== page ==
A second set of known systems include GPS-enabled mobile phones, which include both a mobile phone and its associated software, as well as a GPS antenna and associated software for GPS tracking. In one known system, GPS-enabled mobile phones have been equipped to respond to a ping message. While this system generally achieves the goal of determining where the mobile phone user is from time to time, it is subject to several drawbacks. If the mobile phone user does not wish to be tracked, that user is capable of turning the mobile phone off, which would prevent both reception and response to a ping message. Alternatively, if the mobile phone user does not wish to be tracked, the mobile phone user is capable of turning off the GPS tracking application, which would prevent a response to a ping message. Third, if the user does either of these in an effort to prevent being tracked, it can take substantial time (as much as up to 10-15 minutes) for the GPS tracking application to re-determine the location of the GPS-enabled mobile phone. This latter effect is herein sometimes referred to as a “cold start” of the GPS tracking application.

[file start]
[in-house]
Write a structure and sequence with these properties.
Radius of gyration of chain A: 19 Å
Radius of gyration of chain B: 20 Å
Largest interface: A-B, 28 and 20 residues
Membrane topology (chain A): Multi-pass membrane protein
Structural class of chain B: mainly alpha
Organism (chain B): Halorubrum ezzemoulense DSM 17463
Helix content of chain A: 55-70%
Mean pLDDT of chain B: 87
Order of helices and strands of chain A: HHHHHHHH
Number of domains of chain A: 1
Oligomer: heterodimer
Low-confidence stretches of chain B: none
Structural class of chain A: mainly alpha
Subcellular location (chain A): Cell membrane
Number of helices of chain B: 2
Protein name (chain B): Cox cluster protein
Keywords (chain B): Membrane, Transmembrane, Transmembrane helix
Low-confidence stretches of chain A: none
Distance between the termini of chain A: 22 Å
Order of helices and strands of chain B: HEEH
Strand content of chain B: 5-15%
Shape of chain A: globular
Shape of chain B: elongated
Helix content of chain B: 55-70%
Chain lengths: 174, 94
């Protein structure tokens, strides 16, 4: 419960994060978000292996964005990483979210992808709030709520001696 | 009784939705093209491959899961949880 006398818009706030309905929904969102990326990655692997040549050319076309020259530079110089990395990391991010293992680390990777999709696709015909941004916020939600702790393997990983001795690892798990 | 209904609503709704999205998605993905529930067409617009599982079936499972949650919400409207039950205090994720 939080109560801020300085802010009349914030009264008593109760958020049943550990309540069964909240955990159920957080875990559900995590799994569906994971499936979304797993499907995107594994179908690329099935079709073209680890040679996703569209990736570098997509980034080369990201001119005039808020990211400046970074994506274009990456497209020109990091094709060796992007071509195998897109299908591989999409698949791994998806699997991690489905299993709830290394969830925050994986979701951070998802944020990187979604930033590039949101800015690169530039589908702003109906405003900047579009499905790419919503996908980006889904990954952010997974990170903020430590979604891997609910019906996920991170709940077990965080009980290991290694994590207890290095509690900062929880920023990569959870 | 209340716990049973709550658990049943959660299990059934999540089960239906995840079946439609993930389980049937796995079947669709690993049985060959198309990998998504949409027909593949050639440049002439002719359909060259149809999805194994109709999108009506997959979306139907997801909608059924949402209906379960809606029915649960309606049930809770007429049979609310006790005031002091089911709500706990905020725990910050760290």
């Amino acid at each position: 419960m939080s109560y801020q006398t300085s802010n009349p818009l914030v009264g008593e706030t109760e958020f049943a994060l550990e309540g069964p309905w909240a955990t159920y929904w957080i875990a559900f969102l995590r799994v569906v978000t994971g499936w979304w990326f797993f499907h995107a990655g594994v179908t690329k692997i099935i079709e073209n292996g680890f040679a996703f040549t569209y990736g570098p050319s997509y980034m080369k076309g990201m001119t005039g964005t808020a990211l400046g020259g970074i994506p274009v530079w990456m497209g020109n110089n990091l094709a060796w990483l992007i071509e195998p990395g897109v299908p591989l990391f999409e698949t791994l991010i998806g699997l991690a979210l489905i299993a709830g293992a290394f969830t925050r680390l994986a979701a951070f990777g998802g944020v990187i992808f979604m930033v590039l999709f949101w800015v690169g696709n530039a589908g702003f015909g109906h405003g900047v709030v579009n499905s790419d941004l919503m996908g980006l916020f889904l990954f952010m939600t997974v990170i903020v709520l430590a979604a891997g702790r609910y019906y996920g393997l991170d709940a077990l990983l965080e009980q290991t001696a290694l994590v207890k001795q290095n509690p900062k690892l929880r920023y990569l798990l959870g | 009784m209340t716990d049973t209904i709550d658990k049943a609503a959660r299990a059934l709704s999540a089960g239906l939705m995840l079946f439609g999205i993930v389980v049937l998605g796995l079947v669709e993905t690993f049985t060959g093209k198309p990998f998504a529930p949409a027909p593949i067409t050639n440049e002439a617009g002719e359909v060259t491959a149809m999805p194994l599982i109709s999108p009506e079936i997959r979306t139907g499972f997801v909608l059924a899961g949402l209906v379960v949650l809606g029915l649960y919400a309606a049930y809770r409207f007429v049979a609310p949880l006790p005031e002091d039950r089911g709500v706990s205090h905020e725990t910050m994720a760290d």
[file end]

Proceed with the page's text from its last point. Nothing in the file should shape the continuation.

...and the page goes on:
Accordingly, it would be advantageous to provide techniques capable of allowing users more flexibility to determine whether they are tracked, without drawbacks of the known art.

SUMMARY OF THE INVENTION

The invention provides a method and system capable of allowing the user of a mobile phone to “opt in” (or “opt out”) of responding to a ping message, to respond to a ping message with a response indicating that the user does not wish to be tracked, or more generally, to respond to a ping message with an intelligent response indicating some information about the user's state, whether or not in addition to the PVT information that would ordinarily be associated with a GPS response to the ping message.

In one aspect, the invention provides an enhancement to the GPS tracking application, in which the user is given an additional option besides just (1) allowing ping responses, and (2) turning off the GPS tracking application. In this additional option, when a ping message is received, a message is presented to the user, such as on the mobile phone display, or perhaps by other techniques, in which the user is given a choice of whether or not to opt in to the ping message. In one embodiment, the user may choose at least (3A) to refuse to respond, (3B) to respond normally, or (3C) to respond with a message saying that the mobile phone is turned on, but that no PVT information will be provided.